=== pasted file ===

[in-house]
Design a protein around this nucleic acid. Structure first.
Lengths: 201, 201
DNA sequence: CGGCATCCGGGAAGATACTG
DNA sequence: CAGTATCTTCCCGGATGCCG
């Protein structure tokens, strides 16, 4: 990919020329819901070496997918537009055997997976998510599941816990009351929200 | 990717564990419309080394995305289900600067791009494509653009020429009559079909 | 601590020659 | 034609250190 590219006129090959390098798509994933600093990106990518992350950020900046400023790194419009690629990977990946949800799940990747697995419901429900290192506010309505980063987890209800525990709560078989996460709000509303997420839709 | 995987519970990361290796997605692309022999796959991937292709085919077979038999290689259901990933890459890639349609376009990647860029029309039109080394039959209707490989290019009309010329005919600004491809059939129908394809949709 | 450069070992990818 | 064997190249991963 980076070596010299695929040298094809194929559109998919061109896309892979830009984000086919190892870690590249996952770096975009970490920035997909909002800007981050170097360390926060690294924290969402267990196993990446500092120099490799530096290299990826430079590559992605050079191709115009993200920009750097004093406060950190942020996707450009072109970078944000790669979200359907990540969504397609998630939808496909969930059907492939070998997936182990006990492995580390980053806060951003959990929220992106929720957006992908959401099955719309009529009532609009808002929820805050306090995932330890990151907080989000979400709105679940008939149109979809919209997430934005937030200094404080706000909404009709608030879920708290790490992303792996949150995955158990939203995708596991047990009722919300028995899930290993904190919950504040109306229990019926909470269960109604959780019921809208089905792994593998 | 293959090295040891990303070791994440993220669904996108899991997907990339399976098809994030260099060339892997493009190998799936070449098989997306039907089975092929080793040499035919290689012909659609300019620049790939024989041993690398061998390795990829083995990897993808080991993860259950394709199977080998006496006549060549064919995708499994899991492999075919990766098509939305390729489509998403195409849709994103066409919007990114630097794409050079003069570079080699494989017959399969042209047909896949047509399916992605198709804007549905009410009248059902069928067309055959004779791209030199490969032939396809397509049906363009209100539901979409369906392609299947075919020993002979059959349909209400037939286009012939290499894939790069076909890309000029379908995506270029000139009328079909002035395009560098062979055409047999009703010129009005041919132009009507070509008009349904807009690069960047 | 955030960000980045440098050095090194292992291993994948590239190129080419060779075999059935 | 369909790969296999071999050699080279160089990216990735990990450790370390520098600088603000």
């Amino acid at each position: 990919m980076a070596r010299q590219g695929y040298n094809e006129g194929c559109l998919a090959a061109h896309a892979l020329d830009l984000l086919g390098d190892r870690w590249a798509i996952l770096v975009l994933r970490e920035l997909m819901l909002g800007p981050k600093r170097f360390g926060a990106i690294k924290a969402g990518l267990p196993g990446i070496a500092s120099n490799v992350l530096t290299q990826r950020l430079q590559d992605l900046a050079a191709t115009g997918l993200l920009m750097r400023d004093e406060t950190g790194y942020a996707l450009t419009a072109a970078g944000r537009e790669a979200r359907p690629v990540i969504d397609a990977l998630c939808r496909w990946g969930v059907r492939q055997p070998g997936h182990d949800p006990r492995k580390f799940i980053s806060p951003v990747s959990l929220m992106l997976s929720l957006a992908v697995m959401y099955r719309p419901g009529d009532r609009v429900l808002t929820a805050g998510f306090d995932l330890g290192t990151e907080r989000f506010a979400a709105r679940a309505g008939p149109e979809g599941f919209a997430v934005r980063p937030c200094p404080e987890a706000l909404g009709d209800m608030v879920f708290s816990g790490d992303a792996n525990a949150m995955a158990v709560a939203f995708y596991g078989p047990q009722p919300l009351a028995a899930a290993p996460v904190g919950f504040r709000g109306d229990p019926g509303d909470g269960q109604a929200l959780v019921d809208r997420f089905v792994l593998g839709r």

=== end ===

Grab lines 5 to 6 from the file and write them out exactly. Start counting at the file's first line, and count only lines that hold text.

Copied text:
DNA sequence: CAGTATCTTCCCGGATGCCG
């Protein structure tokens, strides 16, 4: 990919020329819901070496997918537009055997997976998510599941816990009351929200 | 990717564990419309080394995305289900600067791009494509653009020429009559079909 | 601590020659 | 034609250190 590219006129090959390098798509994933600093990106990518992350950020900046400023790194419009690629990977990946949800799940990747697995419901429900290192506010309505980063987890209800525990709560078989996460709000509303997420839709 | 995987519970990361290796997605692309022999796959991937292709085919077979038999290689259901990933890459890639349609376009990647860029029309039109080394039959209707490989290019009309010329005919600004491809059939129908394809949709 | 450069070992990818 | 064997190249991963 980076070596010299695929040298094809194929559109998919061109896309892979830009984000086919190892870690590249996952770096975009970490920035997909909002800007981050170097360390926060690294924290969402267990196993990446500092120099490799530096290299990826430079590559992605050079191709115009993200920009750097004093406060950190942020996707450009072109970078944000790669979200359907990540969504397609998630939808496909969930059907492939070998997936182990006990492995580390980053806060951003959990929220992106929720957006992908959401099955719309009529009532609009808002929820805050306090995932330890990151907080989000979400709105679940008939149109979809919209997430934005937030200094404080706000909404009709608030879920708290790490992303792996949150995955158990939203995708596991047990009722919300028995899930290993904190919950504040109306229990019926909470269960109604959780019921809208089905792994593998 | 293959090295040891990303070791994440993220669904996108899991997907990339399976098809994030260099060339892997493009190998799936070449098989997306039907089975092929080793040499035919290689012909659609300019620049790939024989041993690398061998390795990829083995990897993808080991993860259950394709199977080998006496006549060549064919995708499994899991492999075919990766098509939305390729489509998403195409849709994103066409919007990114630097794409050079003069570079080699494989017959399969042209047909896949047509399916992605198709804007549905009410009248059902069928067309055959004779791209030199490969032939396809397509049906363009209100539901979409369906392609299947075919020993002979059959349909209400037939286009012939290499894939790069076909890309000029379908995506270029000139009328079909002035395009560098062979055409047999009703010129009005041919132009009507070509008009349904807009690069960047 | 955030960000980045440098050095090194292992291993994948590239190129080419060779075999059935 | 369909790969296999071999050699080279160089990216990735990990450790370390520098600088603000």